News — Michael Leizerman
The Mindful Trial Lawyer
Thursday, February 07, 2019
Reviewed by Anna Burr Originally published in the Oct/Nov 2018 issue of Trial Talk, the bi-monthly magazine of the Colorado State Trial Lawyer's Association. Of all the trial strategy resources available to attorneys, connecting with the jury may be the most important one. We enter courtrooms as perhaps the least credible of everyone present, and as quickly as possible, we must establish a rapport with the six skeptics in the jury box. Ideally, we accomplish this feat while also crushing defense experts, villainizing defendants, appeasing the judge, and highlighting our worthy clients. It’s a lot. In the new book, The Zen Lawyer: Winning...
Trial Guides Announces New Trucking CLE
Wednesday, May 02, 2018
Trial Guides is proud to announce a new trucking seminar November 2-3, 2018 in Scottsdale Arizona.
Zen Lawyer & Advocacy Continuing Legal Education Workshop
Friday, March 02, 2018
Win Cases by Finding the CORE TRUTH
Tuesday, September 15, 2015
By Michael Leizerman After identifying the strongest defense arguments in a case and slashing away issues that are not necessary to win the case, I look for the Core Truth. This is the issue that I stress in opening and return to in each direct and cross examination, along with closing argument. I look to reduce the issues in the plaintiff’s case to as few as possible to reduce the jury’s and judge’s resistance to persuasion. The more you try to persuade, the more resistance you will encounter. This is so counter-intuitive that it can be difficult for lawyers to understand. You...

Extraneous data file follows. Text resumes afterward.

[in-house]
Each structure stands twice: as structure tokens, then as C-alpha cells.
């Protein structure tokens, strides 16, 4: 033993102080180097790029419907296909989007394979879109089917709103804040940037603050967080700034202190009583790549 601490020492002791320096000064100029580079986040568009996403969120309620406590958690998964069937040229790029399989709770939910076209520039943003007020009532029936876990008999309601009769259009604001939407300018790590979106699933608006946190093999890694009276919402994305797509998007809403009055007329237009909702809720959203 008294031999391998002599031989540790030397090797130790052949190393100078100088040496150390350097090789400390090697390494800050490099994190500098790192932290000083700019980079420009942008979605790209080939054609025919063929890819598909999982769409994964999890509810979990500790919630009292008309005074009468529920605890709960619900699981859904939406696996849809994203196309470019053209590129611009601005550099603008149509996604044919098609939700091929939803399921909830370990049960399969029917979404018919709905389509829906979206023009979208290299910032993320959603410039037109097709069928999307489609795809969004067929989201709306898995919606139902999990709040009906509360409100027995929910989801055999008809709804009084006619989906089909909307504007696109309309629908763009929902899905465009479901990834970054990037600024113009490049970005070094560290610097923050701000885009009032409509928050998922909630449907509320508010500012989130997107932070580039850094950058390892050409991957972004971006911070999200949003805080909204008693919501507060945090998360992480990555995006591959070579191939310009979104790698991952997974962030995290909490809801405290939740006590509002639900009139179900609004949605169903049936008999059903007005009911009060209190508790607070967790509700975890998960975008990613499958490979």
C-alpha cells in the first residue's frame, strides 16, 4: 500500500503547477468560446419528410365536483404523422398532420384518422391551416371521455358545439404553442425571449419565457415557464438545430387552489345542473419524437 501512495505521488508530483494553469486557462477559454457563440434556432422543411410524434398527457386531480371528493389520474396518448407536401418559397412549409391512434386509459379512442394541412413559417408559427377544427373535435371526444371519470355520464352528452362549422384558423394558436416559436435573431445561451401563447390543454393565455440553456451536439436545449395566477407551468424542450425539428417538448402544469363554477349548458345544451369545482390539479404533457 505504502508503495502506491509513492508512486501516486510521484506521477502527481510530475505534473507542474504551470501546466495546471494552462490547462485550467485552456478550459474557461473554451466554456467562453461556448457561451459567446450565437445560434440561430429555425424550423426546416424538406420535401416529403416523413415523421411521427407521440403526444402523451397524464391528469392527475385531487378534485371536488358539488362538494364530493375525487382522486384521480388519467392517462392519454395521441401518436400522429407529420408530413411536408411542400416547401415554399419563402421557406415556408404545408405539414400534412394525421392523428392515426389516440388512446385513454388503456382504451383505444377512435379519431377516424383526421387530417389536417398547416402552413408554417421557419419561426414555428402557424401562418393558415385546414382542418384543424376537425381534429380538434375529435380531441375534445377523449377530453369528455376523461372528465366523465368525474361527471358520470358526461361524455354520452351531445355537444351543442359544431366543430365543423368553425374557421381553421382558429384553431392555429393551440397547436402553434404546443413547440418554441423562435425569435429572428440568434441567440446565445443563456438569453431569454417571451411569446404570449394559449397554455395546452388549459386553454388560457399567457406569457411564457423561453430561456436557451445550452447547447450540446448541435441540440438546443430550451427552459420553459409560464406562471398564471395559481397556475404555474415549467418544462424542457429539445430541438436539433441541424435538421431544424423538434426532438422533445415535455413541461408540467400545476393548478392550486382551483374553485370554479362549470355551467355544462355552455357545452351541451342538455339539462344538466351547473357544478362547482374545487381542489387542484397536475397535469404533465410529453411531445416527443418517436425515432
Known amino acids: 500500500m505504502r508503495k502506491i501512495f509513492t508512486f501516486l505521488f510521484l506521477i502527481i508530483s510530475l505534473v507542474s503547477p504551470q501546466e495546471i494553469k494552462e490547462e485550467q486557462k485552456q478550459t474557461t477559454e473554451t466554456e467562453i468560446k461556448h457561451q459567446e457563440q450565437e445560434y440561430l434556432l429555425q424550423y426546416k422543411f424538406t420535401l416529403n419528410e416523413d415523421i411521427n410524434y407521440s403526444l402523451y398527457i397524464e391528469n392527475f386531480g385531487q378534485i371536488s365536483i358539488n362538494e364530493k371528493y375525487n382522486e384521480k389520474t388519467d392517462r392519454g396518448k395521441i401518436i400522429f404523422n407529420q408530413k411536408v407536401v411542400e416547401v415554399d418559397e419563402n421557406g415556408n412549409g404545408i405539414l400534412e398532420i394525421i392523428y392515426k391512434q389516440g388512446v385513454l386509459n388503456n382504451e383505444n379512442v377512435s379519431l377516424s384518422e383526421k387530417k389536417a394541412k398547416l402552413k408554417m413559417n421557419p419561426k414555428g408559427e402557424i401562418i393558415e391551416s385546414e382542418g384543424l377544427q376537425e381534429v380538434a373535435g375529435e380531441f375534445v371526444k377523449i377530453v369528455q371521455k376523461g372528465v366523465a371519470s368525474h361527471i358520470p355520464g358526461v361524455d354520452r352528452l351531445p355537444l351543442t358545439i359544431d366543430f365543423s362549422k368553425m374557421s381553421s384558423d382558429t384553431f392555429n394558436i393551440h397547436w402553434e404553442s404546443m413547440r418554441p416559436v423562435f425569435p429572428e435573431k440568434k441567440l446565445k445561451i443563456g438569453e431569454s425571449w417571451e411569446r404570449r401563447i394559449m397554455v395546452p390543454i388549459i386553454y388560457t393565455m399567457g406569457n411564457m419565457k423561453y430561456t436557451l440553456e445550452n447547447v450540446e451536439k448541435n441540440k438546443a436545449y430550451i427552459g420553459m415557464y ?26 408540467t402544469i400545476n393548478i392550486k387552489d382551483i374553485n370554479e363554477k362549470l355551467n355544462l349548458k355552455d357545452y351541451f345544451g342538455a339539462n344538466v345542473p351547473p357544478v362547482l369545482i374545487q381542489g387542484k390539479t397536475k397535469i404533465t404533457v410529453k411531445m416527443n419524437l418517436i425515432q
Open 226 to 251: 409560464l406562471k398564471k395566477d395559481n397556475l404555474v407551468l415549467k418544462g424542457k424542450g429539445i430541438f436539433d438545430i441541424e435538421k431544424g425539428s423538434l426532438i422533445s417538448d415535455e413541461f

Trial Guides Author Interview with Michael Leizerman
Monday, July 13, 2015
Michael Leizerman on the “Three Cores”
Michael Leizerman: There are two questions that predict whether someone will do well at trial. And the first is I ask myself, “Am I present at trial? Am I aware what’s going on? Am I mindful?” And the second question is “am I emotionally connected?” I think when it comes to trial there are two reasons why lawyers don’t get bigger verdicts. The first is they don’t ask for enough money and the second is when they do ask for money, they don’t believe it. So, in this book, it goes through the three cores that are important for everybody to develop. The first is the conscious quarter that we find in the gut. That’s where we’re mindful of what we do, mindful of others...